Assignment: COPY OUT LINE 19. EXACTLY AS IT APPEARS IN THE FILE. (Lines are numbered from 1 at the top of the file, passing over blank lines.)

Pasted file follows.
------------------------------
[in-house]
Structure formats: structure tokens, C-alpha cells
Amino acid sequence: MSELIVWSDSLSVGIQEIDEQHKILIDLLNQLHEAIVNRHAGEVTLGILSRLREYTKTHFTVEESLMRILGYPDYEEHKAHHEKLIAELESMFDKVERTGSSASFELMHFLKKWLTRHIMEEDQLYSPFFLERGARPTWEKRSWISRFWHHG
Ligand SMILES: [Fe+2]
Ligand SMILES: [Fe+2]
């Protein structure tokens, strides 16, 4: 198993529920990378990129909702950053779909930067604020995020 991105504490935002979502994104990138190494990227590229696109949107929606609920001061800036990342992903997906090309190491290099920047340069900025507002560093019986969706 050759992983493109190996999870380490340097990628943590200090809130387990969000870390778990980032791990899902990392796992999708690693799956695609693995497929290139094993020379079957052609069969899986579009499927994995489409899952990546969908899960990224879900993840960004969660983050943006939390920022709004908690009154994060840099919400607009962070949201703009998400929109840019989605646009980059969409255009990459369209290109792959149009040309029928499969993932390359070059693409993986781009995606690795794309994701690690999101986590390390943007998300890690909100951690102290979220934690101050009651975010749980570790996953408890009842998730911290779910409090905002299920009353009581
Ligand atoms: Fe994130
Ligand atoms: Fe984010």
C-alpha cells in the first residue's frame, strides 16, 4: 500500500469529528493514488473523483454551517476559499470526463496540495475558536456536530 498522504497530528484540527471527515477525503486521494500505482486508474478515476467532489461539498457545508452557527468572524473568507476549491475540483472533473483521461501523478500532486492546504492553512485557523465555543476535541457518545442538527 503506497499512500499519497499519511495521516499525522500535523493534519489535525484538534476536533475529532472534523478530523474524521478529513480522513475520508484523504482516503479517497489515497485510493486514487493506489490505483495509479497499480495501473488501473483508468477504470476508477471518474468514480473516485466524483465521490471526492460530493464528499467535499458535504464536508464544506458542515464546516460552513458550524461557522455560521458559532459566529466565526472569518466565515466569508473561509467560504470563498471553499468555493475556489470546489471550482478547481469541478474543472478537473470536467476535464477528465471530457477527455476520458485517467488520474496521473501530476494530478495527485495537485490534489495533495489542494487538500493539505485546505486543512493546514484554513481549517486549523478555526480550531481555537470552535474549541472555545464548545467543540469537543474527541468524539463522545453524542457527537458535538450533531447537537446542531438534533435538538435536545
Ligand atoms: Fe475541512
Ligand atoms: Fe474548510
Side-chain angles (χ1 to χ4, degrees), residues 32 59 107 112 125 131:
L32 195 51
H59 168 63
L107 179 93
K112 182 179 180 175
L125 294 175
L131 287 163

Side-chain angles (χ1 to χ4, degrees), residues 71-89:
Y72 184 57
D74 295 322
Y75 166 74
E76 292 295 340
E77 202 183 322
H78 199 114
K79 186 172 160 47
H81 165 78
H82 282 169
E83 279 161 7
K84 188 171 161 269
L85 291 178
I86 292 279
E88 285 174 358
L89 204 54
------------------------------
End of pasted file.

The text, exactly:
Side-chain angles (χ1 to χ4, degrees), residues 71-89: